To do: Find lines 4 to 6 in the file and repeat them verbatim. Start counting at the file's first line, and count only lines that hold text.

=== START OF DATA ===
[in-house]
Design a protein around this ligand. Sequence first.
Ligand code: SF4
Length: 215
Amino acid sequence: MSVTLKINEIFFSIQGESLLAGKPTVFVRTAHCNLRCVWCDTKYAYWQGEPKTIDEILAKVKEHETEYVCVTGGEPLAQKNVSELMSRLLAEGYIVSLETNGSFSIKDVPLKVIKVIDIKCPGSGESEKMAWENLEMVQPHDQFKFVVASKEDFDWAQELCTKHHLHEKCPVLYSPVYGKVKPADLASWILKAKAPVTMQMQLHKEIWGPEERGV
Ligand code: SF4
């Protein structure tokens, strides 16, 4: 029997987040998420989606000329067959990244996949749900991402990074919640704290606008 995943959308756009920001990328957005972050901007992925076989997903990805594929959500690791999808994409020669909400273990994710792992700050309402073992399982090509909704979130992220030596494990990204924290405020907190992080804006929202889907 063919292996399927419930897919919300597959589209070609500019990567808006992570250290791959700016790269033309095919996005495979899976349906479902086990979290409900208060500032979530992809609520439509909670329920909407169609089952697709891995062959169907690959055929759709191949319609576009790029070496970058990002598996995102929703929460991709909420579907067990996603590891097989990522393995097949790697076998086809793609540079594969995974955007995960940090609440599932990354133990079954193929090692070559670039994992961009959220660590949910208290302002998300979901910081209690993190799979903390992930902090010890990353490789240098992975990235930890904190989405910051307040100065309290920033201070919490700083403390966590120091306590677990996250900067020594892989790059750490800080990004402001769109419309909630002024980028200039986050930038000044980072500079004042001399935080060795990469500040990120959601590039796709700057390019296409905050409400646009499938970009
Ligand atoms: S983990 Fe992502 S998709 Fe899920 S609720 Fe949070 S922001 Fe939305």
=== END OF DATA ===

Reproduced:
Length: 215
Amino acid sequence: MSVTLKINEIFFSIQGESLLAGKPTVFVRTAHCNLRCVWCDTKYAYWQGEPKTIDEILAKVKEHETEYVCVTGGEPLAQKNVSELMSRLLAEGYIVSLETNGSFSIKDVPLKVIKVIDIKCPGSGESEKMAWENLEMVQPHDQFKFVVASKEDFDWAQELCTKHHLHEKCPVLYSPVYGKVKPADLASWILKAKAPVTMQMQLHKEIWGPEERGV
Ligand code: SF4